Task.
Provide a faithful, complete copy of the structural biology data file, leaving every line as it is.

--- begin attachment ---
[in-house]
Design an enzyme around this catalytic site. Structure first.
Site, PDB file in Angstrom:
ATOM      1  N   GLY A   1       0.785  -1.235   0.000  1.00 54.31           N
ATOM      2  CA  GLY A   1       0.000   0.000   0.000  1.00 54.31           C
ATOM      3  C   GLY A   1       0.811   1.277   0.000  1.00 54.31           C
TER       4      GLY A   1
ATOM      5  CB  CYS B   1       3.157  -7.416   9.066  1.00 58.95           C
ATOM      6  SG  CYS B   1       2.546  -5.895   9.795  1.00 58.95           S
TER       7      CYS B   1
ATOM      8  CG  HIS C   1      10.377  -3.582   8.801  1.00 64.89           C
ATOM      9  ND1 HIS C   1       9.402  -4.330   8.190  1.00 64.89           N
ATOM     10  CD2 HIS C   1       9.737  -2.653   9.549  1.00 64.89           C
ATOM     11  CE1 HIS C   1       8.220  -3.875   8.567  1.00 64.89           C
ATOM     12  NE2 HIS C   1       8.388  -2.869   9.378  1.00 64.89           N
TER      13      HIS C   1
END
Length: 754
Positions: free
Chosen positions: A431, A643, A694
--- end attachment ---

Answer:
[in-house]
Design an enzyme around this catalytic site. Structure first.
Site, PDB file in Angstrom:
ATOM      1  N   GLY A   1       0.785  -1.235   0.000  1.00 54.31           N
ATOM      2  CA  GLY A   1       0.000   0.000   0.000  1.00 54.31           C
ATOM      3  C   GLY A   1       0.811   1.277   0.000  1.00 54.31           C
TER       4      GLY A   1
ATOM      5  CB  CYS B   1       3.157  -7.416   9.066  1.00 58.95           C
ATOM      6  SG  CYS B   1       2.546  -5.895   9.795  1.00 58.95           S
TER       7      CYS B   1
ATOM      8  CG  HIS C   1      10.377  -3.582   8.801  1.00 64.89           C
ATOM      9  ND1 HIS C   1       9.402  -4.330   8.190  1.00 64.89           N
ATOM     10  CD2 HIS C   1       9.737  -2.653   9.549  1.00 64.89           C
ATOM     11  CE1 HIS C   1       8.220  -3.875   8.567  1.00 64.89           C
ATOM     12  NE2 HIS C   1       8.388  -2.869   9.378  1.00 64.89           N
TER      13      HIS C   1
END
Length: 754
Positions: free
Chosen positions: A431, A643, A694